Starting in 1936, the Federal Writers’ Project spent the next three years collecting as many stories from freed men and women about their lives before emancipation. The Children of Whitney, a series of sculptures by Ohio-based artist Woodrow Nash, represent these former slaves as they were at the time of emancipation: children. Whitney presents the stories of these children as told in their own words. The visitors are introduced to the lives of the enslaved workers based on the recollections of those who endured, and who shared the stories of their lives as children in slavery. For the enslaved who worked in the “Big House,” they were at the beck and call of the slaveholders for 24 hours a day, 7 days a week. Many would often sleep on the hard floor, in places like the pantry or the kitchen, in case the family needed them. This is a jail that was utilized after the Civil War in Gonzalez, Louisiana, but it resembles the slave pens used at auction houses. This is why it now sits on the Whitney Plantation. Slave cabin with sugar kettle in front. From October to December, the sugar factory was a 24-hour process. Sugar must be processed as soon as it is cut. After it was cut, it was then ground. After grinding, the juice from the sugar cane had to be boiled four separate times for it to be at the point it would crystallize. German Coast Uprising Memorial-In 1811, Charles Deslondes organized a band of rebels that moved from plantation to plantation down River Road (which is where the Whitney is located) with the intent of killing the owners and freeing the people who were enslaved. They were armed with machetes, axes, and other weapons. Local militia and federal troops quelled the uprising and murdered at least 40 people and 65 were executed after trials in New Orleans. Those 65 were brought back to the plantations and killed in front of others. Their heads were placed on sticks along River Road Field of Angels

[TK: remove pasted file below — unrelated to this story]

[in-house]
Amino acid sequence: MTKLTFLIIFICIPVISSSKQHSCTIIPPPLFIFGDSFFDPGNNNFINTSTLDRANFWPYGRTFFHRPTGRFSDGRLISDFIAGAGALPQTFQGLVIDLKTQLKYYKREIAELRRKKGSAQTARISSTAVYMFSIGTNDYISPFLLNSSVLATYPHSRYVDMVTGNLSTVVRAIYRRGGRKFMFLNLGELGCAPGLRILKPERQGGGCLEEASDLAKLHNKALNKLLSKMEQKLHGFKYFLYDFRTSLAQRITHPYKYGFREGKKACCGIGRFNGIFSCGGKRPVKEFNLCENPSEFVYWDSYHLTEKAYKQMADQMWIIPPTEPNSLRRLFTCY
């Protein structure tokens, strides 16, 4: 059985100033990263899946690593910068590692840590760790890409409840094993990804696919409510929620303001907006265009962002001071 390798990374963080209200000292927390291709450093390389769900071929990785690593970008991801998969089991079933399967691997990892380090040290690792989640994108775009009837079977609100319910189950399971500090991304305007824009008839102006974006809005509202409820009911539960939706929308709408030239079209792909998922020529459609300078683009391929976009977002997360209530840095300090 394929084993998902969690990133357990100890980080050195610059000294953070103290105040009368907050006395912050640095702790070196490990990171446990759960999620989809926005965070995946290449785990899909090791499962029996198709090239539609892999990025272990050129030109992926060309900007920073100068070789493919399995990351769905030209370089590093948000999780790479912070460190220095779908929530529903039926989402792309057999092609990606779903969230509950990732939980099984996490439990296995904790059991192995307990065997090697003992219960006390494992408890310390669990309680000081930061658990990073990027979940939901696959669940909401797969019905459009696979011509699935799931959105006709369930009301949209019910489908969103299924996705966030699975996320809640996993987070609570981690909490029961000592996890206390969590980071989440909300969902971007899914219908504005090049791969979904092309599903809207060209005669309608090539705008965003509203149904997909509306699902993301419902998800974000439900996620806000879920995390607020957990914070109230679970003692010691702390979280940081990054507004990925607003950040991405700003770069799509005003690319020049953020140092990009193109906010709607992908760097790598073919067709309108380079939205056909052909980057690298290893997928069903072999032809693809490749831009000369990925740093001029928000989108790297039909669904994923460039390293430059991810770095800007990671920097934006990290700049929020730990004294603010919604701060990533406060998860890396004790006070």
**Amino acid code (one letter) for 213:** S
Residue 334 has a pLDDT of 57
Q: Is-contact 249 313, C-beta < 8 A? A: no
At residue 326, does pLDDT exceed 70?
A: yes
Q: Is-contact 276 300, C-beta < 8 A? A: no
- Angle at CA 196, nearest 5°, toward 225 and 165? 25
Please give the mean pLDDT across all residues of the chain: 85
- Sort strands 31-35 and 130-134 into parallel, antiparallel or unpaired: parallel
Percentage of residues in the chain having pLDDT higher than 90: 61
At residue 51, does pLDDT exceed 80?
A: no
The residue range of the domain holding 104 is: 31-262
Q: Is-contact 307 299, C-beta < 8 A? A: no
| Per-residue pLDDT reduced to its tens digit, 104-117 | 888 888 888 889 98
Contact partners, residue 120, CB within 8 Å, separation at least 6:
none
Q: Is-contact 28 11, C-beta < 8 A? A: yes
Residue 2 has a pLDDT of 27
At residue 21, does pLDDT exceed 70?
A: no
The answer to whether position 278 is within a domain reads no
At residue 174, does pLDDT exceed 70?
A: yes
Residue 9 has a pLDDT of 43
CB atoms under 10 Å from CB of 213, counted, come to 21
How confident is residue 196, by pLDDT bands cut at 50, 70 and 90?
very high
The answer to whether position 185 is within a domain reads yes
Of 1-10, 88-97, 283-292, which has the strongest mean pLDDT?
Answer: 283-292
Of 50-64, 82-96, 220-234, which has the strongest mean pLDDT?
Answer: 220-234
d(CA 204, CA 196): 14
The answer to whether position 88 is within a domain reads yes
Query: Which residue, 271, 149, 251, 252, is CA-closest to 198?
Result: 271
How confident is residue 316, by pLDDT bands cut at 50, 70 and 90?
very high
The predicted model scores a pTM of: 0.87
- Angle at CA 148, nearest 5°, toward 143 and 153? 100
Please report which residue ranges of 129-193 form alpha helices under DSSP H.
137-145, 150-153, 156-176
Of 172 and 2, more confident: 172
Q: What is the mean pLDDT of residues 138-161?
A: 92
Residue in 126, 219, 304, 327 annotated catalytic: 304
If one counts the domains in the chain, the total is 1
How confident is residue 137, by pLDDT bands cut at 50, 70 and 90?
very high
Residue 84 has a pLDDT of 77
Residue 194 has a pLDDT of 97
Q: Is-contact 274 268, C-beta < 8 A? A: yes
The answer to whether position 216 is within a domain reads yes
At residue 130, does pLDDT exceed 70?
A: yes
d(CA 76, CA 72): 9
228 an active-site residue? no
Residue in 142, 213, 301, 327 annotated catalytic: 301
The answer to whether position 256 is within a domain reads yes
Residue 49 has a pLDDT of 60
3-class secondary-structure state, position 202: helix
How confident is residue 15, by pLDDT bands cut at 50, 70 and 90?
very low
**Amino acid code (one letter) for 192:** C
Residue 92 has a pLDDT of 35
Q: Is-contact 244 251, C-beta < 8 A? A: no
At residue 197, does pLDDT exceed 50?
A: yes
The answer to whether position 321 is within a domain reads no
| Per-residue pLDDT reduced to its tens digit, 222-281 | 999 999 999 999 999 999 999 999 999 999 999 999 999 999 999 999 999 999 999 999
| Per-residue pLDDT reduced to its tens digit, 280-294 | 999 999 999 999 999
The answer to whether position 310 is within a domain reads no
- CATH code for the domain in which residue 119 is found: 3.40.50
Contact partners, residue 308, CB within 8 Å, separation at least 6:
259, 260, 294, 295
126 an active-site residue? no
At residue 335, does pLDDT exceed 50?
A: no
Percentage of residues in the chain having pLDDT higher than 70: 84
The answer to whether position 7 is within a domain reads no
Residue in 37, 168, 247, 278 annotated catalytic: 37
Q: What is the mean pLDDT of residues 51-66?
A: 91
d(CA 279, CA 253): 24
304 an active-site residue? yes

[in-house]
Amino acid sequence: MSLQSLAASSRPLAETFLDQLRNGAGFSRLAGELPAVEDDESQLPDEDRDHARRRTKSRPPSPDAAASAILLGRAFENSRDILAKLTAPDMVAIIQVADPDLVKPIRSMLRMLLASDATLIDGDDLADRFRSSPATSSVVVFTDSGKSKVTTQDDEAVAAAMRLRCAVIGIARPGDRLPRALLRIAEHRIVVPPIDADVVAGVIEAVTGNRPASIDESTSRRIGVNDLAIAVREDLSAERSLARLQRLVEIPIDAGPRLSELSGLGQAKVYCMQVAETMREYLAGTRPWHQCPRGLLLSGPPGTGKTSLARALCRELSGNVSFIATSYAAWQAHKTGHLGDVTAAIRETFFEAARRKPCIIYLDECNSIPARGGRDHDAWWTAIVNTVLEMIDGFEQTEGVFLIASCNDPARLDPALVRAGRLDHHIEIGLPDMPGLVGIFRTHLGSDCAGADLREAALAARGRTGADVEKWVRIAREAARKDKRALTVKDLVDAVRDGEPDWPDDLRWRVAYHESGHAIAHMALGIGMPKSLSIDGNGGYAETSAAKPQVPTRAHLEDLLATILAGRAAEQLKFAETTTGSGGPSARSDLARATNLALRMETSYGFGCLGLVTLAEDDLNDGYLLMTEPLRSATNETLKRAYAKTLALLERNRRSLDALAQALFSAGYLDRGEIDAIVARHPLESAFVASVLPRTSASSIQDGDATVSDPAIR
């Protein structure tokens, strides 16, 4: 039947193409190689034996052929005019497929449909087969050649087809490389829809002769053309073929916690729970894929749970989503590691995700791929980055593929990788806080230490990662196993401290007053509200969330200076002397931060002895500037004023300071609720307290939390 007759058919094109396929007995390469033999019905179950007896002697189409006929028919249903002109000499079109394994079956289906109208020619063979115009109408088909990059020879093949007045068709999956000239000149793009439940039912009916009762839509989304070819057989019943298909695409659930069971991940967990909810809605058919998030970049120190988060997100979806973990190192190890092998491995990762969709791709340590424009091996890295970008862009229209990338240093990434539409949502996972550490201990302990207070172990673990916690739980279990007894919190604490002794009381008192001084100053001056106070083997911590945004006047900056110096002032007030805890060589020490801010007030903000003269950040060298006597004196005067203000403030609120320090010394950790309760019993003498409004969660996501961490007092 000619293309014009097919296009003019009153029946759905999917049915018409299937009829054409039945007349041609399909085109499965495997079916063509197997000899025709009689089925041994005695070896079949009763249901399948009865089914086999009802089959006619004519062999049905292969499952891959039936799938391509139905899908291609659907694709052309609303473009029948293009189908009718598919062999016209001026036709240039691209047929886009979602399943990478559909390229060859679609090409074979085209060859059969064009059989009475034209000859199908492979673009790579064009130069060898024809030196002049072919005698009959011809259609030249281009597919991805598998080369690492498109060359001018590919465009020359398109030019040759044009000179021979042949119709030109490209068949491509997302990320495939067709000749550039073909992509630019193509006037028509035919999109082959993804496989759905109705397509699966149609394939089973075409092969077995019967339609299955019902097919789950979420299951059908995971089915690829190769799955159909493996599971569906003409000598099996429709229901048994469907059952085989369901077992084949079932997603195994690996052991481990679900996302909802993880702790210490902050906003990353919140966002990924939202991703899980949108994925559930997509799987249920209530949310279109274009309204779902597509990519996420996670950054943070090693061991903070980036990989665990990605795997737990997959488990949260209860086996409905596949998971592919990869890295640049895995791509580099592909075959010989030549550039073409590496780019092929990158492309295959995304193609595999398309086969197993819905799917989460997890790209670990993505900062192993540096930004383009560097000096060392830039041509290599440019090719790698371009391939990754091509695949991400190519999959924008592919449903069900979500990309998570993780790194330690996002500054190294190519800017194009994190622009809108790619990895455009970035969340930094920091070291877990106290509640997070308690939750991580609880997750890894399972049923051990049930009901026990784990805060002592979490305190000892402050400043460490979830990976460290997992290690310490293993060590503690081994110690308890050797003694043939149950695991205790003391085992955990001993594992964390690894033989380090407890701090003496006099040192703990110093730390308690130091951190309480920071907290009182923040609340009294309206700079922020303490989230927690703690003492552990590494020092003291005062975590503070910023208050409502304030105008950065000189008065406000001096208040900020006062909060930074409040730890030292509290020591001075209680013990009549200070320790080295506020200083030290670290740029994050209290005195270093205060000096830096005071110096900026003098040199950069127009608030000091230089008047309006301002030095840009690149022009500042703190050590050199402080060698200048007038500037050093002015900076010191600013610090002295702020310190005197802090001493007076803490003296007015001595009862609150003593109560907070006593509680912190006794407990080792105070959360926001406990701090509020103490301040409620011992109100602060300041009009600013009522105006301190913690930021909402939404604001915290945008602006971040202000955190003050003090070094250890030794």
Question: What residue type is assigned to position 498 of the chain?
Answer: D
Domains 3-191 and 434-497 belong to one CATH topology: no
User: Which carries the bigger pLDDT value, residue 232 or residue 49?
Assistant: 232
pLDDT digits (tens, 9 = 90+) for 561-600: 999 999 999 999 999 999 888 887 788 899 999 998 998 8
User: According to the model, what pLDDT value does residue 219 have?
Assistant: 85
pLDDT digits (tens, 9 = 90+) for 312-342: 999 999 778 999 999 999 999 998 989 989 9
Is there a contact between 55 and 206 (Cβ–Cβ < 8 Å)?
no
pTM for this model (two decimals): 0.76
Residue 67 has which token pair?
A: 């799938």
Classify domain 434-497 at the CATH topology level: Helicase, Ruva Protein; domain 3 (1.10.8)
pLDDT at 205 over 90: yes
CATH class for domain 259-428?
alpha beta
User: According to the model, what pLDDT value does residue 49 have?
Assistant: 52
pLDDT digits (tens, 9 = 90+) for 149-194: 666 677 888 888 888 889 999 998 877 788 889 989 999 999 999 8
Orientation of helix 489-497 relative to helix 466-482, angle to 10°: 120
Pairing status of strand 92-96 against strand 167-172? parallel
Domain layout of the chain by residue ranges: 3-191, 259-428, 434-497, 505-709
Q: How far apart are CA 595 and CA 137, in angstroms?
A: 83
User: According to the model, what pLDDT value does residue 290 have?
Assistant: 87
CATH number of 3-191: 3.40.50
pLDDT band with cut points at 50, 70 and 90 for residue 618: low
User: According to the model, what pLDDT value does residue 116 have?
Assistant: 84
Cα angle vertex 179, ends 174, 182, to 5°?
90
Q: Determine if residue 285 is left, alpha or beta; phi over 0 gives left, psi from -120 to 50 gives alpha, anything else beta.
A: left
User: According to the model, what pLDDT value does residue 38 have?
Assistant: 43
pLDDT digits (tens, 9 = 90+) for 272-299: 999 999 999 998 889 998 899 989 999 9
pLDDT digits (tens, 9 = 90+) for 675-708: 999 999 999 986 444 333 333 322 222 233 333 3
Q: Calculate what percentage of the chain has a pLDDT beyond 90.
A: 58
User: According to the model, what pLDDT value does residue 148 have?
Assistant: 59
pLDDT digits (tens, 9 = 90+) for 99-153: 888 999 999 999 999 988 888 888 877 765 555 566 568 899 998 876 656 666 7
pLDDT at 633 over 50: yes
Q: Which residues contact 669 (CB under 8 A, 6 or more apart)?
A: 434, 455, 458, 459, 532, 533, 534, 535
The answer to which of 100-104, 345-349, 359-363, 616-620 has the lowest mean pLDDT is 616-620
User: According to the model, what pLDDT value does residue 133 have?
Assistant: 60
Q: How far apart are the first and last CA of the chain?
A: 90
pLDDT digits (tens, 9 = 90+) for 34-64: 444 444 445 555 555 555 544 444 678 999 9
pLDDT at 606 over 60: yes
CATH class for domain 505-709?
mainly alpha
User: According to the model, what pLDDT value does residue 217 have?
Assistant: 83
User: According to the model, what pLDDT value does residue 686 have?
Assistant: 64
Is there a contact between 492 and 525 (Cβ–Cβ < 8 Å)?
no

When I was in Louisiana, I visited the Whitney Plantation, the only plantation that focuses on the experience of the enslaved. It does not romanticize plantation culture, which many plantations do. There are some plantations that are doing a better job at sharing these stories, but the Whitney has set the gold standard for this. I recommend everyone to make the effort to visit. For all photo descriptions, I am referencing the Whitney website or their audio tour.